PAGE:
When my niece turned 3, we noticed that she was different. She was bubblier, more active, and more loud. We couldn’t let her sit still for a few minutes, and it’s just so difficult to let her pay attention. My sister asked me once, “Is something wrong with her? Is she autistic or something?” I said, “She’s just being a kid.”
Two years after, we finally decided to have her evaluated by an occupational therapist from her school. The OT’s notes revealed that my niece had attention deficit hyperactivity disorder and was advised to have her diagnosed by a specialist.
ADHD and ASD Defined
Unlike a decade ago, both ADHD and ASD (Autism Spectrum Disorder) are conditions that almost all of us know about. We are aware that they begin during childhood and progress through adulthood. Both autism and hyperactivity disorders are characterized by an inability to pay attention, always on the move, and having episodic tantrums. In fact, these two can overlap each other. The latest edition of the DSM (which is DSM-V) has established that a person can be diagnosed with ADHD and ASD.
But how can you tell ADHD from Autism? How do they differ and when can you say that your child has ADHD but not autistic? Here are some of the essential differences that you should know to understand the two childhood disorders.
Differences between ADHD and Autism
ADHD is divided into specific categories, while autistic kids have one general diagnosis and their symptoms are described as being a spectrum, as it consists of a group of neurological symptoms. Some ADHD kids are more hyperactive than the others, some are more inattentive, and some manifest with too much inattention and hyperactivity. “Sometimes parents don’t know what ADHD is or what it means, which can lead to a lot of misconceptions and fears,” says Gayani DeSilva, MD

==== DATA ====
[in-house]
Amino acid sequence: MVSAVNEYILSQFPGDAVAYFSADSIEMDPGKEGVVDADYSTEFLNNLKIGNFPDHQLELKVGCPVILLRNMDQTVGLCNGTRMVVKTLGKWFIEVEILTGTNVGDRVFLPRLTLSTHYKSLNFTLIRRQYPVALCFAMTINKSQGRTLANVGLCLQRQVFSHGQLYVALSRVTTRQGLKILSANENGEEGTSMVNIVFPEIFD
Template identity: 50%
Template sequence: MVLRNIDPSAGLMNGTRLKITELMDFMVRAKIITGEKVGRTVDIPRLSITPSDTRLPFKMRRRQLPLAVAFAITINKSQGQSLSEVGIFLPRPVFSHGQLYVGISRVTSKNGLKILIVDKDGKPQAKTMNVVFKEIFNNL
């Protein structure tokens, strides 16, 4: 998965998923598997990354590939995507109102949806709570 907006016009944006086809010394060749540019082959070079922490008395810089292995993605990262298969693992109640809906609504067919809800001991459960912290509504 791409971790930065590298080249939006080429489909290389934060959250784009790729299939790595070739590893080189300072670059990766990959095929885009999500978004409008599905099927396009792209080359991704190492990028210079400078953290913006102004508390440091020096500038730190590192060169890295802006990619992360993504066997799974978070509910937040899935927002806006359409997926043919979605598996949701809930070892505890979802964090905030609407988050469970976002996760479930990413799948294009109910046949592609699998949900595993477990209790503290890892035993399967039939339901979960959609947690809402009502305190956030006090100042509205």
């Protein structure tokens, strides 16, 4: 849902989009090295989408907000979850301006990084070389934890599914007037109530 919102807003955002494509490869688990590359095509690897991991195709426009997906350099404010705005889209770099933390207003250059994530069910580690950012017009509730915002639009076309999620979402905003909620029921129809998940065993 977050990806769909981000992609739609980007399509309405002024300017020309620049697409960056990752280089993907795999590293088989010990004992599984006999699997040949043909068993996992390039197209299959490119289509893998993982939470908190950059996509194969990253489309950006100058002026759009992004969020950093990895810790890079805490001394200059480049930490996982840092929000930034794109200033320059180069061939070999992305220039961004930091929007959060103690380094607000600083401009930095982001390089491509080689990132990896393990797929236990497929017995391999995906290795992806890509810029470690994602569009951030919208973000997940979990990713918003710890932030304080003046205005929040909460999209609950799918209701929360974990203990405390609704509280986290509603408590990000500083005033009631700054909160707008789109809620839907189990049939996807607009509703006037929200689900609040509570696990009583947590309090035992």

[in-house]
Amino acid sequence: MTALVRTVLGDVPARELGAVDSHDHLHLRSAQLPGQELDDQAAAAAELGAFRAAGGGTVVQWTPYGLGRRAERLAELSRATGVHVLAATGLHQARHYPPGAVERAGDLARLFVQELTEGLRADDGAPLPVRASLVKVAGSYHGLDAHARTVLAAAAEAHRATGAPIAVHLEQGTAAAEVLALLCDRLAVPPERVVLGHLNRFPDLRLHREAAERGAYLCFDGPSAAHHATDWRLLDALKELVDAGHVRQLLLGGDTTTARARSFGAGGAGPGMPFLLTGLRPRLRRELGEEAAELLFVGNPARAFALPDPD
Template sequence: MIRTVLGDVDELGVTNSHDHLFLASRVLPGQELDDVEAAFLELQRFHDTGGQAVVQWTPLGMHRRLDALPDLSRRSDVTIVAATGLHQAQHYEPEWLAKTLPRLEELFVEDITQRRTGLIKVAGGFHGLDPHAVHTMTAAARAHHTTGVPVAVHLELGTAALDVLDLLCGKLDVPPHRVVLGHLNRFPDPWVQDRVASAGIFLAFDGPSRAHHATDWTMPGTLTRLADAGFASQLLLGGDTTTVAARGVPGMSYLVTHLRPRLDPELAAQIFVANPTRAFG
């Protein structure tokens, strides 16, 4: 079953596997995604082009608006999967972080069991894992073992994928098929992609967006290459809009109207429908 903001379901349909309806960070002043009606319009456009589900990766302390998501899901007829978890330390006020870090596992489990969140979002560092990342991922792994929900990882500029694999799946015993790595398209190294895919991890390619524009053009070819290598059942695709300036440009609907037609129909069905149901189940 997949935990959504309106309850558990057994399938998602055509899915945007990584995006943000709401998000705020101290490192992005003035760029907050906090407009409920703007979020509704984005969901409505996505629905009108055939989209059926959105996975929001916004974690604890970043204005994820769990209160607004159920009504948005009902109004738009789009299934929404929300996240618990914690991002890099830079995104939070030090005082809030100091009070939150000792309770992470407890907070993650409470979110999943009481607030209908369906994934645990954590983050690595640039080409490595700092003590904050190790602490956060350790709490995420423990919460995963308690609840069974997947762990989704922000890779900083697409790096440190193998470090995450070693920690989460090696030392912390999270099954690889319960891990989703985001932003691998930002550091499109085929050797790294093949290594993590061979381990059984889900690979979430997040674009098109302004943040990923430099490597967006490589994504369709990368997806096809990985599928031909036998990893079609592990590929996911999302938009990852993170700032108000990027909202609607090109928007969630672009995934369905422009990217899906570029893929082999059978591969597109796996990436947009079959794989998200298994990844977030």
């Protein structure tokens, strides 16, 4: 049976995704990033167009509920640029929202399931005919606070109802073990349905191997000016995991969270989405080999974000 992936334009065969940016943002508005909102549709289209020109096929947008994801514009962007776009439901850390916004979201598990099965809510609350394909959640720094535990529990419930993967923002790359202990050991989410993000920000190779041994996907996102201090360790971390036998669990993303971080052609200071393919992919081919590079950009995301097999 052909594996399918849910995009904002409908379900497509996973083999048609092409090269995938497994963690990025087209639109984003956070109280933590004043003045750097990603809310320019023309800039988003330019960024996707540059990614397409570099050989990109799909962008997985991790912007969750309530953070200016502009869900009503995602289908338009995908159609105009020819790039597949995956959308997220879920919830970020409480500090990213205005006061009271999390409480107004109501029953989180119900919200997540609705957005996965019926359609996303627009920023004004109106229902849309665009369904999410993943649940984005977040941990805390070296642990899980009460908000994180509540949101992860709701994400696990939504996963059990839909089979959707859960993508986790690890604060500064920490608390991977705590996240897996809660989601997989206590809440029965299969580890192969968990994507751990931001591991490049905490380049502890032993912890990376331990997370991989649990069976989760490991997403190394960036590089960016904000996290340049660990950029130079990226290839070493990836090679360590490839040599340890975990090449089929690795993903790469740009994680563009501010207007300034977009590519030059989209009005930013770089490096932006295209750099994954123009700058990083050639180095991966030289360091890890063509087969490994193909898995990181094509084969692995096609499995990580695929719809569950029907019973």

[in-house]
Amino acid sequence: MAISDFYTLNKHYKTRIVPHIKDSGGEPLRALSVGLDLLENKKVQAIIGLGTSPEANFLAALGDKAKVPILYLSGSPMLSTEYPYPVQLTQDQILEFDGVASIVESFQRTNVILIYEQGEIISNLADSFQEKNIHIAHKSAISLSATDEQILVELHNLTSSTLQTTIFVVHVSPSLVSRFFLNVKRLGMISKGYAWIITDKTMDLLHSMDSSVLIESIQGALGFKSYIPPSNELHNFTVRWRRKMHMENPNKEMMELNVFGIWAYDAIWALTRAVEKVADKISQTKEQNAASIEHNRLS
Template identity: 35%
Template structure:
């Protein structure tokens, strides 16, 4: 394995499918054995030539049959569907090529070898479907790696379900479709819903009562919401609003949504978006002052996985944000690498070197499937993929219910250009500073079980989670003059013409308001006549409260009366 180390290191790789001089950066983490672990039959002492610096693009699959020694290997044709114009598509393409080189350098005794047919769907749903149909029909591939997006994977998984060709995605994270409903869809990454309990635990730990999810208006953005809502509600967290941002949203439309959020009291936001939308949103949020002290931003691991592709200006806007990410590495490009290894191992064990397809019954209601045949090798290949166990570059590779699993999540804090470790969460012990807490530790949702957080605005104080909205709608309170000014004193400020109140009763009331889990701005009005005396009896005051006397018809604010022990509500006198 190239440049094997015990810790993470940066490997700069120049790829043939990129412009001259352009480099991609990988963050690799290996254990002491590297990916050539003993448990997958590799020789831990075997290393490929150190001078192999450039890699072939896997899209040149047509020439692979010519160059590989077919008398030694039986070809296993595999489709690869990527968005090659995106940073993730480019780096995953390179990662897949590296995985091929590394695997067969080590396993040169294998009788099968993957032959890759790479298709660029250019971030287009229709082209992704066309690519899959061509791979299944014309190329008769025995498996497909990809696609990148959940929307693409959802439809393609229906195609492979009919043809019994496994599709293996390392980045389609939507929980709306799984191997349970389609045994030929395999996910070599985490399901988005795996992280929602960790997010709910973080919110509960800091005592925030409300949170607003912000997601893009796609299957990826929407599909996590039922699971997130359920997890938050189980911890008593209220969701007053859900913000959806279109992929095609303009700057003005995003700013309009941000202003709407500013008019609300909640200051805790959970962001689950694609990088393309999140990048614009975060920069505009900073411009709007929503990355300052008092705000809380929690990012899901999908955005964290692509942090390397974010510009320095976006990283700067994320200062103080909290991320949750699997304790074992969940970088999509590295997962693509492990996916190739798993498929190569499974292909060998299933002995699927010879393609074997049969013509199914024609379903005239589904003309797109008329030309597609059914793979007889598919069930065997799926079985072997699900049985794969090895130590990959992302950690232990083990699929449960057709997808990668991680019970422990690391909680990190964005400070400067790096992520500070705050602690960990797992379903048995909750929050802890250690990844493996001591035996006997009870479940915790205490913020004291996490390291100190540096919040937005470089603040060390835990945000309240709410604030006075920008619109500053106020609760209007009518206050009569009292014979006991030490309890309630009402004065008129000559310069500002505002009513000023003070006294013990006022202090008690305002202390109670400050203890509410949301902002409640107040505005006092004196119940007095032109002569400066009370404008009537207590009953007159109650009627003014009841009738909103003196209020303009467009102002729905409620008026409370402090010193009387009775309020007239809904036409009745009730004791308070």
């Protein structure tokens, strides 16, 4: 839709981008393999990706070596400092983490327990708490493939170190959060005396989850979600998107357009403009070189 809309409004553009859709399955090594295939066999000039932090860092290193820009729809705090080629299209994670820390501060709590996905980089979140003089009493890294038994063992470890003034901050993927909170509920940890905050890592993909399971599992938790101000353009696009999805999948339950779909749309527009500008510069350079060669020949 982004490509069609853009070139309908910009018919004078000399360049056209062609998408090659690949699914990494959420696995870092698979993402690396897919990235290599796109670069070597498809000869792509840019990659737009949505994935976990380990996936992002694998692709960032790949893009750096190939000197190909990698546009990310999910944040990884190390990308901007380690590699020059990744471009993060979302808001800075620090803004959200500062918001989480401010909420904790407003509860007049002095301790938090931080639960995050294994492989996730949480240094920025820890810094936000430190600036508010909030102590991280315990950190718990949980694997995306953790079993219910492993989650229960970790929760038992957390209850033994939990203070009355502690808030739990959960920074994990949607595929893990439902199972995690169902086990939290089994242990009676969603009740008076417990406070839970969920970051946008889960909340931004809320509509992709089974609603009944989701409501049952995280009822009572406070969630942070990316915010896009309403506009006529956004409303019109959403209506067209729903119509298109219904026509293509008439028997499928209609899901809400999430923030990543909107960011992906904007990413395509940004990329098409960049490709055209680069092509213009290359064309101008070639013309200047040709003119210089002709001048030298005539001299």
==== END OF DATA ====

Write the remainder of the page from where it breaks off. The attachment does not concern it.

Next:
ASD, on the other hand, is one among the five disorders that make up ASD, the other four being Asperger’s syndrome, pervasive developmental disorders, childhood disintegrative disorder and Rett syndrome.
ASD children have more problems with communication. They are unable to communicate appropriately because they don’t understand what others are talking about. Additionally, their speech is delayed and if they start learning how to talk, they tend to repeat their words or phrases. “The symptoms may range from total lack of communication with others to difficulty in understanding others’ feelings,” Jeffrey Bernstein Ph.D. explains.
The struggles of ADHD children are more on the social aspect, where they are inattentive and almost always interfere with other people’s conversations. They can’t sit still for a few minutes and therefore are not able to finish homework or other activities without supervision. They are also impulsive, and when they do something that causes commotions or accidents, they get frustrated and usually have meltdowns or tantrums.
Children with ADHD are usually more effective at making friends compared to children with ASD. The first reason for this is that autistic kids can’t look people in the eye, as they have gaze problems. Eye contact is very difficult for them, while ADHD kids, despite their hyperactive behaviors, can capably look people in the eye and communicate with them, although inconsistently and in shorter periods.
“It’s vital for parents to obtain a very thorough evaluation of their child, with a detailed history and understanding of the child’s current behavior, and for parents to receive a thorough explanation regarding the results,” John Carosso, PsyD points out.
Despite the few key differences between ADHD and ASD, these two pediatric conditions have one distinct similarity: they are both incurable. Nevertheless, it is fortunate for parents to know that there are continuous studies done and trials performed every year to understand and hopefully find better solutions for these conditions.
Today, there are various treatments that can help manage ADHD and ASD symptoms, so that children affected will not only thrive but also live as normally as they possibly can – because they deserve it.